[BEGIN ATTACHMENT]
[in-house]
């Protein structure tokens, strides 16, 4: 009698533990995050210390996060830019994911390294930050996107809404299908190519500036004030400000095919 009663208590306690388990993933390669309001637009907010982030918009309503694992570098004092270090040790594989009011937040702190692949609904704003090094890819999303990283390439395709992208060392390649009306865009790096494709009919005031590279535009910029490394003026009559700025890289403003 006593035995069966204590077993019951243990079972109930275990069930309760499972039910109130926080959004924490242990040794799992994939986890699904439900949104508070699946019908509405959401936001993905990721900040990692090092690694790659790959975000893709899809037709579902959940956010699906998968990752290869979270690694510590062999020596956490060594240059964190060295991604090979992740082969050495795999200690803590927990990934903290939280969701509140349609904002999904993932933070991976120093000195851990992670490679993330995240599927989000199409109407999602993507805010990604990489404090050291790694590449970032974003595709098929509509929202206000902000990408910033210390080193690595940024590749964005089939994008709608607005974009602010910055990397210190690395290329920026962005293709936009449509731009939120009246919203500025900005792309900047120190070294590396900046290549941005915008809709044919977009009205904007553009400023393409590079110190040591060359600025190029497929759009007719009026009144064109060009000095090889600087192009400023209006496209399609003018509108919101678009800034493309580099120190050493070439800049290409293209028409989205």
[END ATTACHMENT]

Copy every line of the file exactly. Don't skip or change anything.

[in-house]
């Protein structure tokens, strides 16, 4: 009698533990995050210390996060830019994911390294930050996107809404299908190519500036004030400000095919 009663208590306690388990993933390669309001637009907010982030918009309503694992570098004092270090040790594989009011937040702190692949609904704003090094890819999303990283390439395709992208060392390649009306865009790096494709009919005031590279535009910029490394003026009559700025890289403003 006593035995069966204590077993019951243990079972109930275990069930309760499972039910109130926080959004924490242990040794799992994939986890699904439900949104508070699946019908509405959401936001993905990721900040990692090092690694790659790959975000893709899809037709579902959940956010699906998968990752290869979270690694510590062999020596956490060594240059964190060295991604090979992740082969050495795999200690803590927990990934903290939280969701509140349609904002999904993932933070991976120093000195851990992670490679993330995240599927989000199409109407999602993507805010990604990489404090050291790694590449970032974003595709098929509509929202206000902000990408910033210390080193690595940024590749964005089939994008709608607005974009602010910055990397210190690395290329920026962005293709936009449509731009939120009246919203500025900005792309900047120190070294590396900046290549941005915008809709044919977009009205904007553009400023393409590079110190040591060359600025190029497929759009007719009026009144064109060009000095090889600087192009400023209006496209399609003018509108919101678009800034493309580099120190050493070439800049290409293209028409989205």